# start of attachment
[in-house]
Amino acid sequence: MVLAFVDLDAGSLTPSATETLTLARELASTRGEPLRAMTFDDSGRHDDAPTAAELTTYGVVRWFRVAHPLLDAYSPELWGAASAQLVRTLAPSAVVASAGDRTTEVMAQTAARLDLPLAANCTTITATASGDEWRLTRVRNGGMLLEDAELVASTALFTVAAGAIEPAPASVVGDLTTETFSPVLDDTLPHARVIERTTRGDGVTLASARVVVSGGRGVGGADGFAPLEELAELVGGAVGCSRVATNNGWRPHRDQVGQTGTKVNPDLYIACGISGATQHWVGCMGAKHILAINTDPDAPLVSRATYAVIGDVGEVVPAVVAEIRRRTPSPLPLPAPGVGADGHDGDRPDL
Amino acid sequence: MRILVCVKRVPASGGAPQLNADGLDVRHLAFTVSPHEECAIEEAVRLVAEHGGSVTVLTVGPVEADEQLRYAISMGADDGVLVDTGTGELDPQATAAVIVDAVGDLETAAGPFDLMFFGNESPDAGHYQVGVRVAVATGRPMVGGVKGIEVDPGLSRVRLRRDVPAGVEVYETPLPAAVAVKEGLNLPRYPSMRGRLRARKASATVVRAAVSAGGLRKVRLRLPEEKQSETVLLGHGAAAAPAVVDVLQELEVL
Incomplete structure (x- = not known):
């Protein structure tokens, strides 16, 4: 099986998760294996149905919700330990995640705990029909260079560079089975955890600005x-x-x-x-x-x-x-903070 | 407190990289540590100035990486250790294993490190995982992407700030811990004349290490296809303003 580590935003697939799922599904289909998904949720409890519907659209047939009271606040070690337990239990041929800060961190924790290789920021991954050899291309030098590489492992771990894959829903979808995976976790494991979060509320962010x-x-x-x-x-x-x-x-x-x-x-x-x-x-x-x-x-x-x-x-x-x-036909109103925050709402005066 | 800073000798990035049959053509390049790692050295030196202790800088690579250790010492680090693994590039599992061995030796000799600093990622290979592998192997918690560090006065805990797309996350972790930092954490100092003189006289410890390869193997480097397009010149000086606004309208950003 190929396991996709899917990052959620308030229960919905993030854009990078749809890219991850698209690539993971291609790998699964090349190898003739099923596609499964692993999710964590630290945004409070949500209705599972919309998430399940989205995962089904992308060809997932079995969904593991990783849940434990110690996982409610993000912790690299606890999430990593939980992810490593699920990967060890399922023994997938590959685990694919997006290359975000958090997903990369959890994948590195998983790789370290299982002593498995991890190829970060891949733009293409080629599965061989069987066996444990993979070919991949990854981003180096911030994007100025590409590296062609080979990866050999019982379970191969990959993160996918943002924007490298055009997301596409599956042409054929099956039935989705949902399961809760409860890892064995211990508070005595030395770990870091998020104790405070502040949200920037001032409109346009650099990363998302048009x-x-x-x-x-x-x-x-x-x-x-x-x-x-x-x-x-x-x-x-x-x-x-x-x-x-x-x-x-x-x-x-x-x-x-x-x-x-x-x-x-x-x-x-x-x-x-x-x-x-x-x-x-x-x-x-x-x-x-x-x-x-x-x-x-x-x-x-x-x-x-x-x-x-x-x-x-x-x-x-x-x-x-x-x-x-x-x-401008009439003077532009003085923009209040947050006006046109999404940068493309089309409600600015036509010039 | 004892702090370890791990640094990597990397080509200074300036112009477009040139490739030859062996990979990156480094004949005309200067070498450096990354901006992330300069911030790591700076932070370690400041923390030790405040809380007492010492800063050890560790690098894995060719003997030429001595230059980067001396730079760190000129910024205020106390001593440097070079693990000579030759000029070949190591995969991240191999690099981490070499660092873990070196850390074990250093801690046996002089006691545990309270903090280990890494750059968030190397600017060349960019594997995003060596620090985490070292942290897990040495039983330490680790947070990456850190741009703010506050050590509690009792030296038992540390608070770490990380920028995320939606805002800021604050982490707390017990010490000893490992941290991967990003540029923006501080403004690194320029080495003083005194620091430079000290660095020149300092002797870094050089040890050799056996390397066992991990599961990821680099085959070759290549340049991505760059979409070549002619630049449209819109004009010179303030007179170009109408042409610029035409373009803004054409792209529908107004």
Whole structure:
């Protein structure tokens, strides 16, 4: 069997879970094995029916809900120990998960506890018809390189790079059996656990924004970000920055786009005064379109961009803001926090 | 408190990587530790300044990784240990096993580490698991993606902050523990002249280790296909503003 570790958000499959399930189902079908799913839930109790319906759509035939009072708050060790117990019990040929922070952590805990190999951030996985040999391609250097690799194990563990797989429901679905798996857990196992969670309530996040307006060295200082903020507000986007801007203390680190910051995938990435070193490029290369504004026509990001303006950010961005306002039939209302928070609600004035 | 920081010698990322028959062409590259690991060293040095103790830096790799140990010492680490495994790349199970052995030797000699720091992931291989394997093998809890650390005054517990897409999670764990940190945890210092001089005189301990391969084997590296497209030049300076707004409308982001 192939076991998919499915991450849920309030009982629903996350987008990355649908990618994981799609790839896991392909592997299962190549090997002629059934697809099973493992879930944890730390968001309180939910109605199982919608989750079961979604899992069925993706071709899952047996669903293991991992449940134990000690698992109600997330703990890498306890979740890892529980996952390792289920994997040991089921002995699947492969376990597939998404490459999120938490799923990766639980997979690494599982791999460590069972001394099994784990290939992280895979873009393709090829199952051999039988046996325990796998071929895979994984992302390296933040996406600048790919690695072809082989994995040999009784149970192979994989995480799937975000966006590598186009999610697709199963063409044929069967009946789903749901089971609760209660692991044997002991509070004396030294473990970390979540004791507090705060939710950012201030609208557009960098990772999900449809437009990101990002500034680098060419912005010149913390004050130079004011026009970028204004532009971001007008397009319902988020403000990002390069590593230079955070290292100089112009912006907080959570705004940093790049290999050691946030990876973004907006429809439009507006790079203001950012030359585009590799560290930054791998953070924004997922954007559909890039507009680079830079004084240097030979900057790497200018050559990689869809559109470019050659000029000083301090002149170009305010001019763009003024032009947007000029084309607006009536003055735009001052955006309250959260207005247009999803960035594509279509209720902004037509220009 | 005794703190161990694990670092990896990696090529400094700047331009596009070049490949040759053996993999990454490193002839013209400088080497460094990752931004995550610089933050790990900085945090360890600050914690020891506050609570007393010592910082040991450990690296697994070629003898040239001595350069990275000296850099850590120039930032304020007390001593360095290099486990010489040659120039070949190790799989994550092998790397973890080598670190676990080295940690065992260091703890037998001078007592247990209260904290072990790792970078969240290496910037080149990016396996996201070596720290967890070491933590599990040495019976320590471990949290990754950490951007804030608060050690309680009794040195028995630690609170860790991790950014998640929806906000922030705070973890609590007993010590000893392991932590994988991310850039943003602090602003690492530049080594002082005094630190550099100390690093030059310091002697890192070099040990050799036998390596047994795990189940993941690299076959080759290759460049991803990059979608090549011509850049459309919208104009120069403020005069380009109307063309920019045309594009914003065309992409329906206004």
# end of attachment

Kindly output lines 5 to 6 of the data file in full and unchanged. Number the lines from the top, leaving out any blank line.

């Protein structure tokens, strides 16, 4: 099986998760294996149905919700330990995640705990029909260079560079089975955890600005x-x-x-x-x-x-x-903070 | 407190990289540590100035990486250790294993490190995982992407700030811990004349290490296809303003 580590935003697939799922599904289909998904949720409890519907659209047939009271606040070690337990239990041929800060961190924790290789920021991954050899291309030098590489492992771990894959829903979808995976976790494991979060509320962010x-x-x-x-x-x-x-x-x-x-x-x-x-x-x-x-x-x-x-x-x-x-036909109103925050709402005066 | 800073000798990035049959053509390049790692050295030196202790800088690579250790010492680090693994590039599992061995030796000799600093990622290979592998192997918690560090006065805990797309996350972790930092954490100092003189006289410890390869193997480097397009010149000086606004309208950003 190929396991996709899917990052959620308030229960919905993030854009990078749809890219991850698209690539993971291609790998699964090349190898003739099923596609499964692993999710964590630290945004409070949500209705599972919309998430399940989205995962089904992308060809997932079995969904593991990783849940434990110690996982409610993000912790690299606890999430990593939980992810490593699920990967060890399922023994997938590959685990694919997006290359975000958090997903990369959890994948590195998983790789370290299982002593498995991890190829970060891949733009293409080629599965061989069987066996444990993979070919991949990854981003180096911030994007100025590409590296062609080979990866050999019982379970191969990959993160996918943002924007490298055009997301596409599956042409054929099956039935989705949902399961809760409860890892064995211990508070005595030395770990870091998020104790405070502040949200920037001032409109346009650099990363998302048009x-x-x-x-x-x-x-x-x-x-x-x-x-x-x-x-x-x-x-x-x-x-x-x-x-x-x-x-x-x-x-x-x-x-x-x-x-x-x-x-x-x-x-x-x-x-x-x-x-x-x-x-x-x-x-x-x-x-x-x-x-x-x-x-x-x-x-x-x-x-x-x-x-x-x-x-x-x-x-x-x-x-x-x-x-x-x-x-401008009439003077532009003085923009209040947050006006046109999404940068493309089309409600600015036509010039 | 004892702090370890791990640094990597990397080509200074300036112009477009040139490739030859062996990979990156480094004949005309200067070498450096990354901006992330300069911030790591700076932070370690400041923390030790405040809380007492010492800063050890560790690098894995060719003997030429001595230059980067001396730079760190000129910024205020106390001593440097070079693990000579030759000029070949190591995969991240191999690099981490070499660092873990070196850390074990250093801690046996002089006691545990309270903090280990890494750059968030190397600017060349960019594997995003060596620090985490070292942290897990040495039983330490680790947070990456850190741009703010506050050590509690009792030296038992540390608070770490990380920028995320939606805002800021604050982490707390017990010490000893490992941290991967990003540029923006501080403004690194320029080495003083005194620091430079000290660095020149300092002797870094050089040890050799056996390397066992991990599961990821680099085959070759290549340049991505760059979409070549002619630049449209819109004009010179303030007179170009109408042409610029035409373009803004054409792209529908107004």
Whole structure: